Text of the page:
Deep thinkers on technology's impact on humanity have wondered whether Google is making us stupid (or smart!); whether Facebook making us cads; and whether Twitter is making attention-deficit tsi-tsi flies. But none of that really matters if all of the above are making us blind. And, well, they kind of are!
Nearsightedness has leaped 66 percent in the last 30 years to 42 percent of the population, according to one survey, and some researchers are blaming modern life. It's not just the glowing rectangular screens that have come to take up an almost comical percent of our eye time. It's also the time we're not spending outside, since some scientists think outdoor time means seeing in better light. According to the article in Science News, scientists aren't precisely sure what causes nearsightedness, but "nearsighted eyes tend to be elongated. Natural light might also stimulate dopamine production, which is known to inhibit eye growth, she says, and extra vitamin D from the sun might contribute to regulating eye growth."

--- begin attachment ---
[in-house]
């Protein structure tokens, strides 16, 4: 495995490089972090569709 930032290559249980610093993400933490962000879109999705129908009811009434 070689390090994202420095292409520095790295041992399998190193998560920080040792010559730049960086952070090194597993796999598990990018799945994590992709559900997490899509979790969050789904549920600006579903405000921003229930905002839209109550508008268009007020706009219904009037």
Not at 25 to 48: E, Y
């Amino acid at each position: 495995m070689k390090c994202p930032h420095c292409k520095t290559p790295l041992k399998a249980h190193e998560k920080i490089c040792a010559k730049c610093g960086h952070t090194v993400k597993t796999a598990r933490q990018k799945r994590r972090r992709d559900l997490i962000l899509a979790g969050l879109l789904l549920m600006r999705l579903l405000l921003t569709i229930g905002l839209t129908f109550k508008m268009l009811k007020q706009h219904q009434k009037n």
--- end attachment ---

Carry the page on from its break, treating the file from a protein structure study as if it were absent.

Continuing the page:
The important caveat to make with any study is that it's just one
study. Yet I find it somewhat remarkable, and even a little bit
frightening, that the human eye, one of evolution's most marvelously
complex sculptures, is being undone by a world of glowing rectangles and
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